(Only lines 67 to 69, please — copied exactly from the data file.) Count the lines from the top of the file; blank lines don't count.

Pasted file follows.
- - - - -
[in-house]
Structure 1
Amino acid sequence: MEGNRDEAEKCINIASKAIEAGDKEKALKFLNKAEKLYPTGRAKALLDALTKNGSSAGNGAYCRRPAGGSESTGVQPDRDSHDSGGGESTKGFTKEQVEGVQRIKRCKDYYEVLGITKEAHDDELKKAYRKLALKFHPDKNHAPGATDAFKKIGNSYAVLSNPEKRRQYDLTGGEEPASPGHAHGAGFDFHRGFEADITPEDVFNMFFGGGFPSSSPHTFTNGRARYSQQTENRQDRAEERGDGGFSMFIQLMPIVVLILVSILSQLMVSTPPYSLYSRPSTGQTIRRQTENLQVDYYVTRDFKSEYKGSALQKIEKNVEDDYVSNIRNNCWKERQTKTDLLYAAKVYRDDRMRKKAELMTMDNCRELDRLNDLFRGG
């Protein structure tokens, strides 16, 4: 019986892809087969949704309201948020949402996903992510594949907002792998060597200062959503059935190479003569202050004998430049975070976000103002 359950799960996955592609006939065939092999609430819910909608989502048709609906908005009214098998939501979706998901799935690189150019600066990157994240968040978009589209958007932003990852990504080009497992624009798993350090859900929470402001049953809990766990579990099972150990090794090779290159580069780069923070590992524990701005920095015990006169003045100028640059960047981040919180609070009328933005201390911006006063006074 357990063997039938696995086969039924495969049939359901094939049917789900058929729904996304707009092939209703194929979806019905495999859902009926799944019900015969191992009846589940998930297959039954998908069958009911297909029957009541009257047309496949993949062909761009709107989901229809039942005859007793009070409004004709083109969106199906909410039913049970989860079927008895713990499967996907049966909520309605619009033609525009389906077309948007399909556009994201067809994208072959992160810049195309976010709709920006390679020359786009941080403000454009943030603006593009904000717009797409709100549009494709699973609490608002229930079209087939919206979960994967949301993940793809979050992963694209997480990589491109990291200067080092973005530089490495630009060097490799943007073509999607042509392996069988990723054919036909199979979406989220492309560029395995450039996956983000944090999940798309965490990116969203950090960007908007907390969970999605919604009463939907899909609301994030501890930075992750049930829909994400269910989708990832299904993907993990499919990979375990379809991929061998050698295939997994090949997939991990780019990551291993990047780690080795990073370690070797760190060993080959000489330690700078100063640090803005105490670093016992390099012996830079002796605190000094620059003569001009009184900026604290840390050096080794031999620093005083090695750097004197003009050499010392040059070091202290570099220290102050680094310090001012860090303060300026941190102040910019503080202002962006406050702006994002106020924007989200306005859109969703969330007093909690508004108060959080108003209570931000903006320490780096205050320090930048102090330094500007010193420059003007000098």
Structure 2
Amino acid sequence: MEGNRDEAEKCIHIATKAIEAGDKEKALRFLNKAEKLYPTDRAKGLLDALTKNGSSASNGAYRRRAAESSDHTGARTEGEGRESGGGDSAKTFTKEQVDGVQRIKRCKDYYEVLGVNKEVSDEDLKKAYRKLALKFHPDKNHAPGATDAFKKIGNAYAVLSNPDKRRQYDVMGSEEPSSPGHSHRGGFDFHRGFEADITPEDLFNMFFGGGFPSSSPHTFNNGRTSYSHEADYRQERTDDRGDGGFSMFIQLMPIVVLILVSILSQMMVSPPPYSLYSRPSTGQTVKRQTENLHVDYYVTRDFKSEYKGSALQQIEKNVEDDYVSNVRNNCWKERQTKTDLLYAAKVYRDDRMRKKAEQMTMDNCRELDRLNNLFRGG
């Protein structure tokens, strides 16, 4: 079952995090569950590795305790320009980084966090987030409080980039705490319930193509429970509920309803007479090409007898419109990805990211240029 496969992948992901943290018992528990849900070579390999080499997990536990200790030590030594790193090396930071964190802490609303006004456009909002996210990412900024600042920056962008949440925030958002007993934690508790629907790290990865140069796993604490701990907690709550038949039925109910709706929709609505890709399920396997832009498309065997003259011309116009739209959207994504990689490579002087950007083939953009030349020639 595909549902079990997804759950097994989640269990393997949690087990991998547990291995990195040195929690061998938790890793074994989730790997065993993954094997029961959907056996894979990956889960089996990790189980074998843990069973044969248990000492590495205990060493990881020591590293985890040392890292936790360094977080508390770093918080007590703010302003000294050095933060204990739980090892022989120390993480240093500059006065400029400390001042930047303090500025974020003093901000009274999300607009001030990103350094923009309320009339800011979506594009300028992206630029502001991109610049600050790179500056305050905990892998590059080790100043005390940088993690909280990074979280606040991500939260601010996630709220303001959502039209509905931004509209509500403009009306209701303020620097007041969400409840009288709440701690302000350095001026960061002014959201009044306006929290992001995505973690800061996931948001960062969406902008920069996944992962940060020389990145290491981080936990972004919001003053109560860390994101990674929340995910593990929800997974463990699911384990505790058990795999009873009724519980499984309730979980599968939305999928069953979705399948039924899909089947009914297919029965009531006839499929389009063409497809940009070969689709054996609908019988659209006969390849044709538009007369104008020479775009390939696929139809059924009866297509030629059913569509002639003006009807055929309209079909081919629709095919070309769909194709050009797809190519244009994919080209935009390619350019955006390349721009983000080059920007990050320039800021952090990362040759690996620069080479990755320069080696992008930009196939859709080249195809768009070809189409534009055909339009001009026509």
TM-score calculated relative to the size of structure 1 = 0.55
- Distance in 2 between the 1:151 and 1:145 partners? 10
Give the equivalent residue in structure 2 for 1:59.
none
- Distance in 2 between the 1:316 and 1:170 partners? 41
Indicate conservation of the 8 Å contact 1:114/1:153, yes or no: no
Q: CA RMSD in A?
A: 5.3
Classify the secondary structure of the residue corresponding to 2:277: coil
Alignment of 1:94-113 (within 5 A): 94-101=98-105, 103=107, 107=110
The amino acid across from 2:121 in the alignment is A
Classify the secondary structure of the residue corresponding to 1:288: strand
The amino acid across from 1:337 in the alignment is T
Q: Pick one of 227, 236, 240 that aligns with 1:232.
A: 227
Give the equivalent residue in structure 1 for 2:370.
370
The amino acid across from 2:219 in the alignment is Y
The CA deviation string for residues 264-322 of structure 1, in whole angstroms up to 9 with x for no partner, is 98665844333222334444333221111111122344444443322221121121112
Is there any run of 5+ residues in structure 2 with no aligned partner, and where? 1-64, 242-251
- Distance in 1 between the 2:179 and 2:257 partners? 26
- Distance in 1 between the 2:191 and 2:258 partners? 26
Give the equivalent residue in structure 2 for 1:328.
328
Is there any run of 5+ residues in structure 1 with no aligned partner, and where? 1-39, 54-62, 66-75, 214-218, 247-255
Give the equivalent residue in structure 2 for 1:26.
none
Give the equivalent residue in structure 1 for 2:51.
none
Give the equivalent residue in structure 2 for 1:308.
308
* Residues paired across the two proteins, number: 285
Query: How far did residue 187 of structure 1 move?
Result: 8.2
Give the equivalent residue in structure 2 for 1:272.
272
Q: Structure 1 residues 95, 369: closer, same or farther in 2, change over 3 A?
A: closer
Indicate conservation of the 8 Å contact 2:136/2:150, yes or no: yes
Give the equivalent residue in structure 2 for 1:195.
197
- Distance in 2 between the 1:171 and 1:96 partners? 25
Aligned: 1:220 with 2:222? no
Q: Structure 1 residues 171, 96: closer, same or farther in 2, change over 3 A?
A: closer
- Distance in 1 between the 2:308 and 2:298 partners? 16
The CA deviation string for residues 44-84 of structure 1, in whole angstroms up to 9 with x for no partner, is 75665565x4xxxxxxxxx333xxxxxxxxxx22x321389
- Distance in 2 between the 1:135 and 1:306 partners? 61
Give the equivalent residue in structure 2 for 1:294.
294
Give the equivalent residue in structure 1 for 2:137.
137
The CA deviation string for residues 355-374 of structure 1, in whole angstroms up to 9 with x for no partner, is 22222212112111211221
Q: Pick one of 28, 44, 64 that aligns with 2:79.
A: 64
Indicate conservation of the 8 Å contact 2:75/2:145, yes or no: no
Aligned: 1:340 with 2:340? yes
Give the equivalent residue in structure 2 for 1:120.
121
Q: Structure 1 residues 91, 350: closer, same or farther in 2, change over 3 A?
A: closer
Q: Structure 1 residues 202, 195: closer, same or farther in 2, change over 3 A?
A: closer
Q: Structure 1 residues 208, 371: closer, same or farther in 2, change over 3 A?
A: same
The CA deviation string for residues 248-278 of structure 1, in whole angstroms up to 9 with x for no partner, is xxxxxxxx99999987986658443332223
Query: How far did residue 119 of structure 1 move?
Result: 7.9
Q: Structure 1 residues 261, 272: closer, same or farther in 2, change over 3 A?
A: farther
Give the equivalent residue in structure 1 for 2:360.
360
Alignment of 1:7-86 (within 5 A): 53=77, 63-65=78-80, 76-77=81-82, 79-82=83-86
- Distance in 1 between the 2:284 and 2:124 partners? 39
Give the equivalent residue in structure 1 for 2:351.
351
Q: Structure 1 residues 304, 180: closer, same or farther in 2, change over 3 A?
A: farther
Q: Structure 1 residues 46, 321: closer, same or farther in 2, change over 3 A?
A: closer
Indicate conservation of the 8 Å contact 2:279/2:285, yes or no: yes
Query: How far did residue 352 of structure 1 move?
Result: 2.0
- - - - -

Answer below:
Q: Structure 1 residues 91, 350: closer, same or farther in 2, change over 3 A?
A: closer
Q: Structure 1 residues 202, 195: closer, same or farther in 2, change over 3 A?